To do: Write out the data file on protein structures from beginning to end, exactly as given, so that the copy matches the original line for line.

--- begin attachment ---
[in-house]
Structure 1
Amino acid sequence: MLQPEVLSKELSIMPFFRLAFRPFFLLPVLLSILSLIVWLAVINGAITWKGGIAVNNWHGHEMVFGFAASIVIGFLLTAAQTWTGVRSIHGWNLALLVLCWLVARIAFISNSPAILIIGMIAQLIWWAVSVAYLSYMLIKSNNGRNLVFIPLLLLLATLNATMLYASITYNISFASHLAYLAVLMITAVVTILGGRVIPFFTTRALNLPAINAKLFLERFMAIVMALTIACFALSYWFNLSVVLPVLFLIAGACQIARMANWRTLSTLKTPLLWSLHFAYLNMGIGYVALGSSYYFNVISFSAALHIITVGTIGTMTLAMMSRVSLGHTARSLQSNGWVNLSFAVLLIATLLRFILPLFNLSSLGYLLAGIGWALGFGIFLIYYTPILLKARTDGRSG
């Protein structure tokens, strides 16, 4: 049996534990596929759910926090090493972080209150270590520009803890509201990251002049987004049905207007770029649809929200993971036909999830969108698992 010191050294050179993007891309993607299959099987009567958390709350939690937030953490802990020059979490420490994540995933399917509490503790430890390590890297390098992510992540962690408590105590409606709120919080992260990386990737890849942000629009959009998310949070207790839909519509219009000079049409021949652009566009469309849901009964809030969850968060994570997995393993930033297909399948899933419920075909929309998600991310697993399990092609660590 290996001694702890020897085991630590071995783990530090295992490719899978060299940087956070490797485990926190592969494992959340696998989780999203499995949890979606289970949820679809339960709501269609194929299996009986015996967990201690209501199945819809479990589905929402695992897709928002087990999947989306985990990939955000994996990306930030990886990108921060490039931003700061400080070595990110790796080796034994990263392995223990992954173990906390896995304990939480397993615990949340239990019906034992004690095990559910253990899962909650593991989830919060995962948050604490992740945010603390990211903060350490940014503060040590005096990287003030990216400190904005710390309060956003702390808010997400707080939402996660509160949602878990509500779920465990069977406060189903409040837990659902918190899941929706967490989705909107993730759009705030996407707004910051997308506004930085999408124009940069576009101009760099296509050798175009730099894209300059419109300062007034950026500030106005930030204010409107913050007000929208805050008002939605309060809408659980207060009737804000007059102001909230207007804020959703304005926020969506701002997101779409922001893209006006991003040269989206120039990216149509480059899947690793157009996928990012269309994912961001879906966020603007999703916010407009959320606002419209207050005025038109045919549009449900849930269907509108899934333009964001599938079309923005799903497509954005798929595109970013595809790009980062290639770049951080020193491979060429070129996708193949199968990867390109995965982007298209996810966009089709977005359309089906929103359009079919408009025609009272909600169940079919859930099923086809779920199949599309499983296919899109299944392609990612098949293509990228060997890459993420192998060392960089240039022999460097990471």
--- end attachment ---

[in-house]
Structure 1
Amino acid sequence: MLQPEVLSKELSIMPFFRLAFRPFFLLPVLLSILSLIVWLAVINGAITWKGGIAVNNWHGHEMVFGFAASIVIGFLLTAAQTWTGVRSIHGWNLALLVLCWLVARIAFISNSPAILIIGMIAQLIWWAVSVAYLSYMLIKSNNGRNLVFIPLLLLLATLNATMLYASITYNISFASHLAYLAVLMITAVVTILGGRVIPFFTTRALNLPAINAKLFLERFMAIVMALTIACFALSYWFNLSVVLPVLFLIAGACQIARMANWRTLSTLKTPLLWSLHFAYLNMGIGYVALGSSYYFNVISFSAALHIITVGTIGTMTLAMMSRVSLGHTARSLQSNGWVNLSFAVLLIATLLRFILPLFNLSSLGYLLAGIGWALGFGIFLIYYTPILLKARTDGRSG
């Protein structure tokens, strides 16, 4: 049996534990596929759910926090090493972080209150270590520009803890509201990251002049987004049905207007770029649809929200993971036909999830969108698992 010191050294050179993007891309993607299959099987009567958390709350939690937030953490802990020059979490420490994540995933399917509490503790430890390590890297390098992510992540962690408590105590409606709120919080992260990386990737890849942000629009959009998310949070207790839909519509219009000079049409021949652009566009469309849901009964809030969850968060994570997995393993930033297909399948899933419920075909929309998600991310697993399990092609660590 290996001694702890020897085991630590071995783990530090295992490719899978060299940087956070490797485990926190592969494992959340696998989780999203499995949890979606289970949820679809339960709501269609194929299996009986015996967990201690209501199945819809479990589905929402695992897709928002087990999947989306985990990939955000994996990306930030990886990108921060490039931003700061400080070595990110790796080796034994990263392995223990992954173990906390896995304990939480397993615990949340239990019906034992004690095990559910253990899962909650593991989830919060995962948050604490992740945010603390990211903060350490940014503060040590005096990287003030990216400190904005710390309060956003702390808010997400707080939402996660509160949602878990509500779920465990069977406060189903409040837990659902918190899941929706967490989705909107993730759009705030996407707004910051997308506004930085999408124009940069576009101009760099296509050798175009730099894209300059419109300062007034950026500030106005930030204010409107913050007000929208805050008002939605309060809408659980207060009737804000007059102001909230207007804020959703304005926020969506701002997101779409922001893209006006991003040269989206120039990216149509480059899947690793157009996928990012269309994912961001879906966020603007999703916010407009959320606002419209207050005025038109045919549009449900849930269907509108899934333009964001599938079309923005799903497509954005798929595109970013595809790009980062290639770049951080020193491979060429070129996708193949199968990867390109995965982007298209996810966009089709977005359309089906929103359009079919408009025609009272909600169940079919859930099923086809779920199949599309499983296919899109299944392609990612098949293509990228060997890459993420192998060392960089240039022999460097990471």